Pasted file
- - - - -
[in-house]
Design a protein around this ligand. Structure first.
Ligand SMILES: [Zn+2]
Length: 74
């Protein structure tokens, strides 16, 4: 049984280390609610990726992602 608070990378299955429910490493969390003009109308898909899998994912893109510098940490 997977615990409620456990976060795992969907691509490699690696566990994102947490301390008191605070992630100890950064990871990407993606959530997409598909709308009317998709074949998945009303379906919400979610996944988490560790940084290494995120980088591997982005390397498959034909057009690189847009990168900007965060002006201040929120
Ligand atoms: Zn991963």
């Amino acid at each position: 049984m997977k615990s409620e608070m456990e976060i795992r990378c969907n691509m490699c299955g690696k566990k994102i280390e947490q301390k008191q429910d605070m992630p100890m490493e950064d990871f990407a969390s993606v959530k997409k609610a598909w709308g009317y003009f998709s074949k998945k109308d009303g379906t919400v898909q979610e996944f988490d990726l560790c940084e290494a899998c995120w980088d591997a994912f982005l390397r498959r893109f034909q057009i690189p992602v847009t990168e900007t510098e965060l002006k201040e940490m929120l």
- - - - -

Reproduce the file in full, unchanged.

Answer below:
[in-house]
Design a protein around this ligand. Structure first.
Ligand SMILES: [Zn+2]
Length: 74
């Protein structure tokens, strides 16, 4: 049984280390609610990726992602 608070990378299955429910490493969390003009109308898909899998994912893109510098940490 997977615990409620456990976060795992969907691509490699690696566990994102947490301390008191605070992630100890950064990871990407993606959530997409598909709308009317998709074949998945009303379906919400979610996944988490560790940084290494995120980088591997982005390397498959034909057009690189847009990168900007965060002006201040929120
Ligand atoms: Zn991963």
């Amino acid at each position: 049984m997977k615990s409620e608070m456990e976060i795992r990378c969907n691509m490699c299955g690696k566990k994102i280390e947490q301390k008191q429910d605070m992630p100890m490493e950064d990871f990407a969390s993606v959530k997409k609610a598909w709308g009317y003009f998709s074949k998945k109308d009303g379906t919400v898909q979610e996944f988490d990726l560790c940084e290494a899998c995120w980088d591997a994912f982005l390397r498959r893109f034909q057009i690189p992602v847009t990168e900007t510098e965060l002006k201040e940490m929120l």